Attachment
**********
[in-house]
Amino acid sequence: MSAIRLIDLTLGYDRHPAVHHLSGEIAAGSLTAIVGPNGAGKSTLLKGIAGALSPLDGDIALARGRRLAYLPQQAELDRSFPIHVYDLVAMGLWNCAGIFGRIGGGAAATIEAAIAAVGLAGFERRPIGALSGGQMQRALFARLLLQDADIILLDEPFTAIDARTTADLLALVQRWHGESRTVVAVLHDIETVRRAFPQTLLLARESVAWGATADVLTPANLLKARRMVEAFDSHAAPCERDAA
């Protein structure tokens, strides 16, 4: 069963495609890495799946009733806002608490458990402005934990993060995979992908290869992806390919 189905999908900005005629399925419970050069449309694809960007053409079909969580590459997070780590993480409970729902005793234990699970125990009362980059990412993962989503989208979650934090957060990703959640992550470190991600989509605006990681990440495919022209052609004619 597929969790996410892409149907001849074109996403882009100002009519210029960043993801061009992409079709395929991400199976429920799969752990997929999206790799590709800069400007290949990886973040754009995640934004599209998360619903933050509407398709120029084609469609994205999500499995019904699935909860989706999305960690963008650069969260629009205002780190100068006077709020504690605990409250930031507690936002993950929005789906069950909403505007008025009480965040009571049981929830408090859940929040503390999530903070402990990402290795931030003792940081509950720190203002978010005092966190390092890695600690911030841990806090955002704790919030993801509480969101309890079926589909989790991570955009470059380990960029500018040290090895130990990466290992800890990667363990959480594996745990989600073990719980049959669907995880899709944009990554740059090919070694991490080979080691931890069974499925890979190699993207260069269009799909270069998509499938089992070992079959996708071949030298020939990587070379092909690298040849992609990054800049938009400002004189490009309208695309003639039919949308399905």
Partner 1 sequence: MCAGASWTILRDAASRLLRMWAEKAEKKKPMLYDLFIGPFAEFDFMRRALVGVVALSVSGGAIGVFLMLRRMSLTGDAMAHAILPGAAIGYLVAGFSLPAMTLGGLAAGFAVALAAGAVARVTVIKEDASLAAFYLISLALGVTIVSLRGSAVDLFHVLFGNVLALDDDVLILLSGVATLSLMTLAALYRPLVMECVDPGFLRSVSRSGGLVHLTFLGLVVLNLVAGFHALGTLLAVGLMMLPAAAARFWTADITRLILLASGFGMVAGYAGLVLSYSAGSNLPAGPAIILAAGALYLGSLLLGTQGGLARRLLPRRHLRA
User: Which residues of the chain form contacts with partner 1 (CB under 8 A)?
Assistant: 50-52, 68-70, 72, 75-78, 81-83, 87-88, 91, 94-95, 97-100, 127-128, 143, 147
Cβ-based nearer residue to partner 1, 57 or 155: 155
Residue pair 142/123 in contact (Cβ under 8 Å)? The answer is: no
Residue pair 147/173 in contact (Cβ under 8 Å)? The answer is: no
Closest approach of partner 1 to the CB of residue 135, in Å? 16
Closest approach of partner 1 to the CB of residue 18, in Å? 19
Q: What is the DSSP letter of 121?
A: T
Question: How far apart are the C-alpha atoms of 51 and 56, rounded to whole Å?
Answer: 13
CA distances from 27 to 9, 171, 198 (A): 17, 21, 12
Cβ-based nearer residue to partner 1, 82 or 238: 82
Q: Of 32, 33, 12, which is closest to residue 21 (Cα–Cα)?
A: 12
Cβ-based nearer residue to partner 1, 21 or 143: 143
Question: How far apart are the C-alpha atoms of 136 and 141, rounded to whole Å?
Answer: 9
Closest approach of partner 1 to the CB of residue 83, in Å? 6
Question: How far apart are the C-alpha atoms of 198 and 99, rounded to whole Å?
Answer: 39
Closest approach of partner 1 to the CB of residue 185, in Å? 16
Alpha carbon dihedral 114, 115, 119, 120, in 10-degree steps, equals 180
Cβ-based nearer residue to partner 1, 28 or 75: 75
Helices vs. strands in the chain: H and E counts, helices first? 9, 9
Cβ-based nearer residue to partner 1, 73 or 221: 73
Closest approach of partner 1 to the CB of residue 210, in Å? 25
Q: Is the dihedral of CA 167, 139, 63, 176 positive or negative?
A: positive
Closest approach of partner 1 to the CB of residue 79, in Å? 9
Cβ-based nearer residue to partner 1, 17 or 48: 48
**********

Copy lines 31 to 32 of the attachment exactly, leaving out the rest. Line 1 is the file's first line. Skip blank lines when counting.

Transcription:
Closest approach of partner 1 to the CB of residue 210, in Å? 25
Q: Is the dihedral of CA 167, 139, 63, 176 positive or negative?